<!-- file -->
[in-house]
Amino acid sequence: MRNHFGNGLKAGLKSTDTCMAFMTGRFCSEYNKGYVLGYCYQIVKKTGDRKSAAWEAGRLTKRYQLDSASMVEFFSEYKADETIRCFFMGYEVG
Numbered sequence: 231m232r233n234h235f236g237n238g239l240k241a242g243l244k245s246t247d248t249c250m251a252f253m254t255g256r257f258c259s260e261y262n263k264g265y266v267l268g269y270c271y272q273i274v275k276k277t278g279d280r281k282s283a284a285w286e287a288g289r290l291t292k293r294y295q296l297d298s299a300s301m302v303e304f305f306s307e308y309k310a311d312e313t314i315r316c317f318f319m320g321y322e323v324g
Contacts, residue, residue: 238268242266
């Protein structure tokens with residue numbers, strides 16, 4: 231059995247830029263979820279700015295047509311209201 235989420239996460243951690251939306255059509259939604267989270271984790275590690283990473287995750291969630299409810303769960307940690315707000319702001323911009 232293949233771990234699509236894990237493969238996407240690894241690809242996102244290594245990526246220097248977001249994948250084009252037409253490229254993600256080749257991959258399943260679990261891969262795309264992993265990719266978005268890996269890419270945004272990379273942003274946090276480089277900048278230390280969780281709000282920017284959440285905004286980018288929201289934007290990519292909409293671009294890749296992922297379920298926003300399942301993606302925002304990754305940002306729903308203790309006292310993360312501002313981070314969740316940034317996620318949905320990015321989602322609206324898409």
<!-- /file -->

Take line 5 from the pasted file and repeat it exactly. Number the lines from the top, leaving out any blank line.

């Protein structure tokens with residue numbers, strides 16, 4: 231059995247830029263979820279700015295047509311209201 235989420239996460243951690251939306255059509259939604267989270271984790275590690283990473287995750291969630299409810303769960307940690315707000319702001323911009 232293949233771990234699509236894990237493969238996407240690894241690809242996102244290594245990526246220097248977001249994948250084009252037409253490229254993600256080749257991959258399943260679990261891969262795309264992993265990719266978005268890996269890419270945004272990379273942003274946090276480089277900048278230390280969780281709000282920017284959440285905004286980018288929201289934007290990519292909409293671009294890749296992922297379920298926003300399942301993606302925002304990754305940002306729903308203790309006292310993360312501002313981070314969740316940034317996620318949905320990015321989602322609206324898409």